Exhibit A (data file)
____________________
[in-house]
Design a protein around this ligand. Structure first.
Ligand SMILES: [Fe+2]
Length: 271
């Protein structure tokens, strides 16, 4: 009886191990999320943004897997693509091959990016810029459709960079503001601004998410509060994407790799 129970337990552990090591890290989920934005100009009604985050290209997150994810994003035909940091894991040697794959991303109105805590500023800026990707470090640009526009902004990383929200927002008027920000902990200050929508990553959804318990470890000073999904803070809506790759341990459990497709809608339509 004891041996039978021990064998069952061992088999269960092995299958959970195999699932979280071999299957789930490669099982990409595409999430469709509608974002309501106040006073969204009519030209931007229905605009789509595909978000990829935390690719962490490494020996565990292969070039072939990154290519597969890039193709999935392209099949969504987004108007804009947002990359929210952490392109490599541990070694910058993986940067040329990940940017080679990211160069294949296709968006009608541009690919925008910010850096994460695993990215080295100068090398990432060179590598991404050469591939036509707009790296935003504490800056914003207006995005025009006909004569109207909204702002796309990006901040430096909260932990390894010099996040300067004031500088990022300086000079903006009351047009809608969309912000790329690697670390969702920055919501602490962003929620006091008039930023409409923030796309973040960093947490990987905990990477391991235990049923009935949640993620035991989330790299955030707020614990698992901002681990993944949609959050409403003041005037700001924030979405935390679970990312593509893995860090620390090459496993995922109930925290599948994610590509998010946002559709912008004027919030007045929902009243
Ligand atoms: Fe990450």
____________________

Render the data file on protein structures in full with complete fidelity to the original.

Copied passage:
[in-house]
Design a protein around this ligand. Structure first.
Ligand SMILES: [Fe+2]
Length: 271
């Protein structure tokens, strides 16, 4: 009886191990999320943004897997693509091959990016810029459709960079503001601004998410509060994407790799 129970337990552990090591890290989920934005100009009604985050290209997150994810994003035909940091894991040697794959991303109105805590500023800026990707470090640009526009902004990383929200927002008027920000902990200050929508990553959804318990470890000073999904803070809506790759341990459990497709809608339509 004891041996039978021990064998069952061992088999269960092995299958959970195999699932979280071999299957789930490669099982990409595409999430469709509608974002309501106040006073969204009519030209931007229905605009789509595909978000990829935390690719962490490494020996565990292969070039072939990154290519597969890039193709999935392209099949969504987004108007804009947002990359929210952490392109490599541990070694910058993986940067040329990940940017080679990211160069294949296709968006009608541009690919925008910010850096994460695993990215080295100068090398990432060179590598991404050469591939036509707009790296935003504490800056914003207006995005025009006909004569109207909204702002796309990006901040430096909260932990390894010099996040300067004031500088990022300086000079903006009351047009809608969309912000790329690697670390969702920055919501602490962003929620006091008039930023409409923030796309973040960093947490990987905990990477391991235990049923009935949640993620035991989330790299955030707020614990698992901002681990993944949609959050409403003041005037700001924030979405935390679970990312593509893995860090620390090459496993995922109930925290599948994610590509998010946002559709912008004027919030007045929902009243
Ligand atoms: Fe990450």